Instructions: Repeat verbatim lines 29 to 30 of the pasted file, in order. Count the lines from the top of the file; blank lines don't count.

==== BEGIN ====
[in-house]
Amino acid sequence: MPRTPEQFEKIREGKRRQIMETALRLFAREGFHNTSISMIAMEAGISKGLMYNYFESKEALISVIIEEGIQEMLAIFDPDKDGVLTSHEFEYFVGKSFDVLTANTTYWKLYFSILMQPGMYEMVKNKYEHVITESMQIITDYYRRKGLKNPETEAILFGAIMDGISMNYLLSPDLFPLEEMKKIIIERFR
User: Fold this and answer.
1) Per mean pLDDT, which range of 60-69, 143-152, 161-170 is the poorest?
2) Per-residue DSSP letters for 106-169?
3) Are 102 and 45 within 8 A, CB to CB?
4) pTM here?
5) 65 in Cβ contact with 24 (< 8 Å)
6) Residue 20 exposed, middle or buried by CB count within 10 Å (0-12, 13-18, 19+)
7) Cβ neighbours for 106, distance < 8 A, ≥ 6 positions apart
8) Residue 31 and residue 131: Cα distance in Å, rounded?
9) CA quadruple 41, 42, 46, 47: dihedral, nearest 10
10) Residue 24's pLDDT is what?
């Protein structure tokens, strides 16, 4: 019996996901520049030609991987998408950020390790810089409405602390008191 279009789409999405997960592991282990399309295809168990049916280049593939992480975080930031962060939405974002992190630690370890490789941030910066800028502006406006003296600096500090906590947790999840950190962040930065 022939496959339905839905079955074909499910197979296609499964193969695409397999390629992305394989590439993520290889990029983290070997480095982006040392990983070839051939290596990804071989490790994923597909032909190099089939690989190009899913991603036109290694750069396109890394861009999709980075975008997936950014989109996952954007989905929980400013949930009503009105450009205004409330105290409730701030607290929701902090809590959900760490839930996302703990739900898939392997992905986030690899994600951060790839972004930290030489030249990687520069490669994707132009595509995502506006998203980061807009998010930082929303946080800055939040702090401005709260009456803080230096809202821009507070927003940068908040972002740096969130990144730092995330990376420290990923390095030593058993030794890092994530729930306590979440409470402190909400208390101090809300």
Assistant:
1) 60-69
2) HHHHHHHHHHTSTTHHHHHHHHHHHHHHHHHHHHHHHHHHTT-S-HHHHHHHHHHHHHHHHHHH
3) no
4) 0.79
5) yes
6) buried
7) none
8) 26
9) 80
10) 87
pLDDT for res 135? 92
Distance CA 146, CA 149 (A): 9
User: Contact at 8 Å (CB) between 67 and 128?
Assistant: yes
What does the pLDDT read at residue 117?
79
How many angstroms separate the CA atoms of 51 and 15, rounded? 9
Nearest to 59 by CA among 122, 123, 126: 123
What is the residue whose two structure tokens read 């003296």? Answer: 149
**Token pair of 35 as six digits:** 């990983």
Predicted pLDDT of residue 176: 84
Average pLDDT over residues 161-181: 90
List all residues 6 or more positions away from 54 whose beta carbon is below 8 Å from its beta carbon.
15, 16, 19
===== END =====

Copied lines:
Assistant: yes
What does the pLDDT read at residue 117?